Anglers, canoeists, kayakers to get new access to Millers River

  • Athol Town Manager Shaun Suhoski, right, briefs the town's Selectboard on a proposed land management agreement between the state Department of Fish and Wildlife and the town for the establishment of a boat ramp to the Millers River on Crescent Street Extension, just north of the Union Twist Drill dam. To Suhoski's left are board Vice Chair Rebecca Bialecki and board member Andy Sujdak. For the Athol Daily News/Greg Vine

For The Athol Daily News
Published: 8/12/2022 4:06:03 PM
Modified: 8/12/2022 4:02:48 PM

ATHOL — At its meeting on Tuesday, Aug. 9, Athol’s Selectboard was presented with a proposed land management agreement with the state Department of Fish and Game that would initiate the “construction, improvement or repair, maintenance and daily operation of the fishing and/or boating access facility” located on Crescent Street Extension. The site will include parking for shore fishing, car-top boat access.

“This is something that’s been kicking around for a couple of years,” Town Manager Shaun Suhoski told the board. “There’s going to be a change in the state administration, and we were contacted about this facility. The state would like to (provide) … access to the Millers River north of the dam at Union Twist Drill — up in that pond — and then northward toward Royalston.

“There’s a land management agreement; essentially, the town would commit to keeping an eye on things, maybe minor responses we need to take. It’s the same agreement we signed when they put in the boat ramp at Lake Ellis, so you have a sense that we’ve done this before.”

Suhoski assured the board that the state would bear the responsibility of paying for any major capital improvements that need to be undertaken at the facility. He also added that, even with a signed agreement, other steps would need to be taken before there was any activity at the site.

“The plans would still need to be further refined and presented for local permitting to the (Conservation Commission), as appropriate, before anything was actually facilitated.

“National Grid … out there is planning some upgrades to their transmission lines; that would all need to be coordinated.”

The town manager added that the state was hoping for a quick endorsement from the board.

“They contacted me,” he said, “and I honestly think because the clock is ticking on the (Baker) administration, we have a commissioner from central Mass. who would really like to see if Athol would like to take advantage of this, lest they move on.”

Referring to the language in the agreement, board Vice Chair Rebecca Bialecki pointed out, “There’s a lot of things that fall to the town as a result of this.” She then asked Public Works Director Dick Kilhart if his department has “the capacity” to meet those responsibilities.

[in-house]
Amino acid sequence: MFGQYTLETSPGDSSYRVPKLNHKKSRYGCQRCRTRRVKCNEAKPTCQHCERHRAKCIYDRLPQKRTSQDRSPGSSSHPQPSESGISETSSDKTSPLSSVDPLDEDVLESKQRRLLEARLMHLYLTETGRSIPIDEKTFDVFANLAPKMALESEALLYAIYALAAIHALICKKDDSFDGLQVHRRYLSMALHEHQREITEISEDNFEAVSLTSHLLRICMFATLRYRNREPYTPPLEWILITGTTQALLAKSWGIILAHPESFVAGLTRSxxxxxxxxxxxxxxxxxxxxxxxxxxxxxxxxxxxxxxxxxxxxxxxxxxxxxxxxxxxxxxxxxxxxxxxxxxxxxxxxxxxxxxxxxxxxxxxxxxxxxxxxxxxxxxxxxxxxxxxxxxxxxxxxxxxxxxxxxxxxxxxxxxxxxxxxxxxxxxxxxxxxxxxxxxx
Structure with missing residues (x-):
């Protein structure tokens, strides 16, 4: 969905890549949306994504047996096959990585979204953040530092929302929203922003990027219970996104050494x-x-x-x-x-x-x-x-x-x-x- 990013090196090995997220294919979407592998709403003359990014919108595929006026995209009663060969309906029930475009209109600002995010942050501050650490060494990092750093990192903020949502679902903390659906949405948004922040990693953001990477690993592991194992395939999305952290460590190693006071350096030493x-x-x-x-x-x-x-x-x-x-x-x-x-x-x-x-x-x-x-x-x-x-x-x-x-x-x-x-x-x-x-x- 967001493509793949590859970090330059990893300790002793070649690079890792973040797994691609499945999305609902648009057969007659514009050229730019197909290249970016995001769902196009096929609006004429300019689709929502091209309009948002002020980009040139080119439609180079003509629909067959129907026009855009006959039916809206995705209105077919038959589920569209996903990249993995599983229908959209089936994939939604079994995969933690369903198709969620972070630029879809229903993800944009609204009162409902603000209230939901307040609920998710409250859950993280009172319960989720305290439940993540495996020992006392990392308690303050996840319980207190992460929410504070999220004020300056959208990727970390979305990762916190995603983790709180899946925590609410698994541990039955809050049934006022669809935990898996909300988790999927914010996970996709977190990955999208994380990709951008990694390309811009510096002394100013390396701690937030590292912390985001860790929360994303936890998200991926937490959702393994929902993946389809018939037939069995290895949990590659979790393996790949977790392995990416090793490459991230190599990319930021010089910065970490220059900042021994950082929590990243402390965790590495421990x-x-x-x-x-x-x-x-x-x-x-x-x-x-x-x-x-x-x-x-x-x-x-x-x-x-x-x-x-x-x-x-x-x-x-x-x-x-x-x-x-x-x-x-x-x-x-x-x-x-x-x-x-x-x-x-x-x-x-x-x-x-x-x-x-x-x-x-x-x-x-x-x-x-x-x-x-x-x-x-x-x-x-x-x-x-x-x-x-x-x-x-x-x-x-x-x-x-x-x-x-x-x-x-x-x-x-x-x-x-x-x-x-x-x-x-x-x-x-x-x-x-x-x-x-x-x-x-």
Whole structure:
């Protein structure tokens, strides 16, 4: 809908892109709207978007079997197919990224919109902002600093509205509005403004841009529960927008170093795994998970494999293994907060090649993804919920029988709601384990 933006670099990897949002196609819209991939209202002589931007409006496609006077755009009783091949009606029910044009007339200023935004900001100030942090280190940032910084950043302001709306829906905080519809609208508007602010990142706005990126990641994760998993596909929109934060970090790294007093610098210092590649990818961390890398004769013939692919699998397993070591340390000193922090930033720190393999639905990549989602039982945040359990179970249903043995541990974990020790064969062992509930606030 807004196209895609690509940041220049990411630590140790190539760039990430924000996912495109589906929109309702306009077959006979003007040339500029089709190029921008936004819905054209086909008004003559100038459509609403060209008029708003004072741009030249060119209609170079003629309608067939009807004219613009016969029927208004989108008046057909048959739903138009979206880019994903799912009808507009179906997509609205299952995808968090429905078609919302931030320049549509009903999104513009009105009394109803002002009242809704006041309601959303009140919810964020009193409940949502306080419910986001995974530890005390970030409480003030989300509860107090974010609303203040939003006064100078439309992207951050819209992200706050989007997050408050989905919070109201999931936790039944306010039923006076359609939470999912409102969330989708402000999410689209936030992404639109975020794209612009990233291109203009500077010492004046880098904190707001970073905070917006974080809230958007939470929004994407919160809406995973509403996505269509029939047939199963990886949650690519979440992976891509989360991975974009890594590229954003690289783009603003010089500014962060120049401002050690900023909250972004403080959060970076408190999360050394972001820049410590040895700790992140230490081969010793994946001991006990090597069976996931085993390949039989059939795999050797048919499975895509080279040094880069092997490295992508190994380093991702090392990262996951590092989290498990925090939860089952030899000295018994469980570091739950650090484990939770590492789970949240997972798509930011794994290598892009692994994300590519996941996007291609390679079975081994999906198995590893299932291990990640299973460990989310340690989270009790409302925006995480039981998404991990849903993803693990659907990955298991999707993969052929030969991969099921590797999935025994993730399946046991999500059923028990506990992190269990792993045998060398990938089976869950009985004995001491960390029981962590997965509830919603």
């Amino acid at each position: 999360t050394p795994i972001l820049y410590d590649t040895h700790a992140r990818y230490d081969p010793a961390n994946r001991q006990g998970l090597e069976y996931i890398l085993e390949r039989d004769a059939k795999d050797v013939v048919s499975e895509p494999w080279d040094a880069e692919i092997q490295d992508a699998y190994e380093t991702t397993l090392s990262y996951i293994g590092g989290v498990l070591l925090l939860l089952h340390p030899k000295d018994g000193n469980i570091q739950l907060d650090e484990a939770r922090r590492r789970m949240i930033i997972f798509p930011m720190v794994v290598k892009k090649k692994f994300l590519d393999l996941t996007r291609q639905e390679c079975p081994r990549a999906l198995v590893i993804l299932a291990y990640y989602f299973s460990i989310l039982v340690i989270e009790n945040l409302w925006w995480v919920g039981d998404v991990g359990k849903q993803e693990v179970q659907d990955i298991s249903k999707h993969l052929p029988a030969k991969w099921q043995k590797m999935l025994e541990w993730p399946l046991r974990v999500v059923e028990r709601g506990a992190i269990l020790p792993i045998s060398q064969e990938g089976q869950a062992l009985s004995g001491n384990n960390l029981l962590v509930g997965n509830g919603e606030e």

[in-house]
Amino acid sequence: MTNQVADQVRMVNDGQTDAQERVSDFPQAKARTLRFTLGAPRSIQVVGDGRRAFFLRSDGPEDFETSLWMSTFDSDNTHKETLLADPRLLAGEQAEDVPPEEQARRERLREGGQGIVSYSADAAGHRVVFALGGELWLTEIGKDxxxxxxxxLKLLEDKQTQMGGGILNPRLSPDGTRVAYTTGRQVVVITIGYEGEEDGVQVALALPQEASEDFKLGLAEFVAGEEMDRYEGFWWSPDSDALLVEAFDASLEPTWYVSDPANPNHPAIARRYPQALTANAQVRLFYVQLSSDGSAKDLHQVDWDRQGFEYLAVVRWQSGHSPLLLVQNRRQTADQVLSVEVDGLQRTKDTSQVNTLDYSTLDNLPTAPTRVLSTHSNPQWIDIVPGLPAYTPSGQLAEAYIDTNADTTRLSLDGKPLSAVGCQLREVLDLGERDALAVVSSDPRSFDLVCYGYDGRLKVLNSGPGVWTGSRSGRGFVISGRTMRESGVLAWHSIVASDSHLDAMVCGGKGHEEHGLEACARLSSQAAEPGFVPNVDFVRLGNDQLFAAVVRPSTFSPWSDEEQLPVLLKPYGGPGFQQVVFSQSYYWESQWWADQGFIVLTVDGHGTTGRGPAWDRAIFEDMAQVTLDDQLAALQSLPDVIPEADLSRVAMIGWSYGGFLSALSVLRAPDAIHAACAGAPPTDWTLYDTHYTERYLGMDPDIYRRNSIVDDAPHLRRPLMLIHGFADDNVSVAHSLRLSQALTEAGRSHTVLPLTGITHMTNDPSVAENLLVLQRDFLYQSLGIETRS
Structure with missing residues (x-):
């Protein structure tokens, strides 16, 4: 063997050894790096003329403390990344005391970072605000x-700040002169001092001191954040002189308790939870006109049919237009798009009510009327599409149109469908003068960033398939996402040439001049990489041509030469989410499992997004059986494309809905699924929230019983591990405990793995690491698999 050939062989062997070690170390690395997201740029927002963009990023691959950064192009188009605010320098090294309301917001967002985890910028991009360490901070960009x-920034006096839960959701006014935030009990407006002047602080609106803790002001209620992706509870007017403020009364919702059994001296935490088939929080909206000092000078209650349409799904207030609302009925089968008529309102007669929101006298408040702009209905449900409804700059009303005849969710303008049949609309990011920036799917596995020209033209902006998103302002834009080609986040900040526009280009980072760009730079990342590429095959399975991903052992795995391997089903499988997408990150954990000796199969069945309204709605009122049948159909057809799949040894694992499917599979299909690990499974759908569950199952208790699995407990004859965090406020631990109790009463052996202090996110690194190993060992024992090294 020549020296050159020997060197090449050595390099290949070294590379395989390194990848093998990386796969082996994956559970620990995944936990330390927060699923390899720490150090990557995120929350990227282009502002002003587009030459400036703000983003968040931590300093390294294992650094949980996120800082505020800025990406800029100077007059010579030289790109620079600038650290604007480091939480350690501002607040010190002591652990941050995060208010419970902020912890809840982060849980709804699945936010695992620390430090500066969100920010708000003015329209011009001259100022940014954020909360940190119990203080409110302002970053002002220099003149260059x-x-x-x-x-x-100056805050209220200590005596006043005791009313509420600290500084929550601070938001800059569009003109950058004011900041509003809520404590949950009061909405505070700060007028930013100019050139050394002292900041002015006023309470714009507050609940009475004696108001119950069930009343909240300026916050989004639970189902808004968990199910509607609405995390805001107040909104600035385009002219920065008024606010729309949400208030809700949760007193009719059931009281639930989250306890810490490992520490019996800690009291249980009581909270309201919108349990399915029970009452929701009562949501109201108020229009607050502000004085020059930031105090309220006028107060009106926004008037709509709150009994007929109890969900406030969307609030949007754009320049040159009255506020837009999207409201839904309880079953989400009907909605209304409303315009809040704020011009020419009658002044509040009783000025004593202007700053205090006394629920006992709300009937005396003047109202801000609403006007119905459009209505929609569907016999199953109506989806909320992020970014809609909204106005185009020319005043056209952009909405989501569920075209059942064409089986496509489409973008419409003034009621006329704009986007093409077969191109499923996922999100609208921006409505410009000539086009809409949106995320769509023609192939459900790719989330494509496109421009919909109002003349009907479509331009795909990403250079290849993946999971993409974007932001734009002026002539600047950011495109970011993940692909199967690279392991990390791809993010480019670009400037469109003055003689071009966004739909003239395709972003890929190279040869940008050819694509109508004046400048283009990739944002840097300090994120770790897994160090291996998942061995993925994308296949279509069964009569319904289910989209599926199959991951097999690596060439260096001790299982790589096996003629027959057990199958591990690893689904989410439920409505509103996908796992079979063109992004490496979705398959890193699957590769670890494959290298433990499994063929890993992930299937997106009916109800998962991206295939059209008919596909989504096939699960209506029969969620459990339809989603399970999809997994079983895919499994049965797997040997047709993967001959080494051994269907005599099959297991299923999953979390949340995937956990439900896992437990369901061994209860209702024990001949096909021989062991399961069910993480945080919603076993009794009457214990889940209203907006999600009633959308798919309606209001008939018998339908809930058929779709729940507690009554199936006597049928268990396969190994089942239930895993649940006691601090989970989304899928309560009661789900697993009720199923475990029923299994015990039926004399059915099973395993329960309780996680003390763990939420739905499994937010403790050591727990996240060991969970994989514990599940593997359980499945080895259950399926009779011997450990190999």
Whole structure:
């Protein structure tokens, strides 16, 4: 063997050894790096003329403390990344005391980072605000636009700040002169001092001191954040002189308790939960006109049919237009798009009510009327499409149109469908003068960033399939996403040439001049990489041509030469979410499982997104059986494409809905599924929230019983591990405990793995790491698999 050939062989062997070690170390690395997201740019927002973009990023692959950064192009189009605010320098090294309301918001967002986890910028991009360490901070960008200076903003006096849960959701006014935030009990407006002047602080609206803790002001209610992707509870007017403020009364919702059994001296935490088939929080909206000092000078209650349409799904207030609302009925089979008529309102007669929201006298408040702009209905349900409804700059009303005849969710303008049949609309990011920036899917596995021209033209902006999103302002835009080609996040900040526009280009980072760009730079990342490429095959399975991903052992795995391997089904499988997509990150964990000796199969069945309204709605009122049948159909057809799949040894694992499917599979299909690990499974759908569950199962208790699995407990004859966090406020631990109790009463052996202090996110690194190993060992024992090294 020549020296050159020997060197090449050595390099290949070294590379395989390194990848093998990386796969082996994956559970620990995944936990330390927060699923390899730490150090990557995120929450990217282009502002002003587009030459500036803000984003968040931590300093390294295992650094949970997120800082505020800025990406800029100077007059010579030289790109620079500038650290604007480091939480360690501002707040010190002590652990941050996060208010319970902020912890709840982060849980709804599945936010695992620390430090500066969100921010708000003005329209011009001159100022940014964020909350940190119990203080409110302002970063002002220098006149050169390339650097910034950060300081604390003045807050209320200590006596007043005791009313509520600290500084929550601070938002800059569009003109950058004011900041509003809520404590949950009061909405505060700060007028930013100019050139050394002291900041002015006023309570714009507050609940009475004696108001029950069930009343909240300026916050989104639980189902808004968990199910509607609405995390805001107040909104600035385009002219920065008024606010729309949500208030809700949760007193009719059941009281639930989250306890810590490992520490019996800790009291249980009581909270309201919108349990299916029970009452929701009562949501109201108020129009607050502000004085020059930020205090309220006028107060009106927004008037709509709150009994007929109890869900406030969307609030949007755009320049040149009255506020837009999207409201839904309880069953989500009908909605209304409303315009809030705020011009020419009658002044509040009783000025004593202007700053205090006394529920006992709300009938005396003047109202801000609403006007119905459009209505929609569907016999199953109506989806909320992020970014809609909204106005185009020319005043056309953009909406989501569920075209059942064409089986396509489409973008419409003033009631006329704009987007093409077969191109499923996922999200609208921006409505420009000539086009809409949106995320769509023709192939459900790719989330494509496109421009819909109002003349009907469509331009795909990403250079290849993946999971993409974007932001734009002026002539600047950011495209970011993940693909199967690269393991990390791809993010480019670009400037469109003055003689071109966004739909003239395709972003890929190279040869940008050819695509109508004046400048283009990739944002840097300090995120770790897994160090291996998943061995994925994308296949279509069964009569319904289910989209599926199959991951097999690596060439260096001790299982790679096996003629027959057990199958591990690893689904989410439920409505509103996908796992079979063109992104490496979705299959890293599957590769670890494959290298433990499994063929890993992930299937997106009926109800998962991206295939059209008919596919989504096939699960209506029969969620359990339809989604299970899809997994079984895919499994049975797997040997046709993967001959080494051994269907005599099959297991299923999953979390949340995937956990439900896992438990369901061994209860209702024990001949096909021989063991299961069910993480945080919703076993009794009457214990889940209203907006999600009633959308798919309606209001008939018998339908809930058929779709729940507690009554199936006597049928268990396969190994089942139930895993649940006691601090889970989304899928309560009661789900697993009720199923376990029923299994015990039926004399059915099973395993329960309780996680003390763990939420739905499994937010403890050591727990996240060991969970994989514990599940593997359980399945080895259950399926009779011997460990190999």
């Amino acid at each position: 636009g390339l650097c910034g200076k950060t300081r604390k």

Those responsibilities include installation and maintenance of signage, along with maintenance of the facility — including policing, trash pickup and removal, and “overall preservation of the facility.”

“As far as the embankment that goes down in there,” Kilhart said, “I say embankment; it’s kind of a woods road that National Grid uses to get to their power lines. (The state) suggested that that would be upgraded by them. There would be some banking work or tapering that would happen there that would be at a cost associated with the state Department of Fish and Wildlife, not associated with us.

“There’s not going to be a lot of grass to mow in there. There’s going to be a gravel parking lot. You’re not going to be able to unload a bass boat in there, or a high-powered motor. It’s going to be a roof-top kayak or small johnboat, or something like that. You might see a fly fisherman down in there.”

Kilhart said he had spoken with Police Chief Craig Lundgren, who assured him the department could facilitate nighttime closures, as is done with other parks in town.

“We would not plow it in the wintertime,” Kilhart continued. “It would remain locked in the winter. But, if it’s another resource for the town — if they’re willing to set it up and get in there — I think we certainly can maintain it.”

The agreement does give the town the right to establish fees for parking and launching boats at the site. It also permits the town to triple the fee for out-of-state users “for daily or seasonal use,” and to establish a separate fee for commercial haulers. Any fees collected may be used only for the maintenance and operation of the facility.

The Selectboard vote to sign the land management agreement was unanimous.

Greg Vine can be reached at gvineadn@gmail.com


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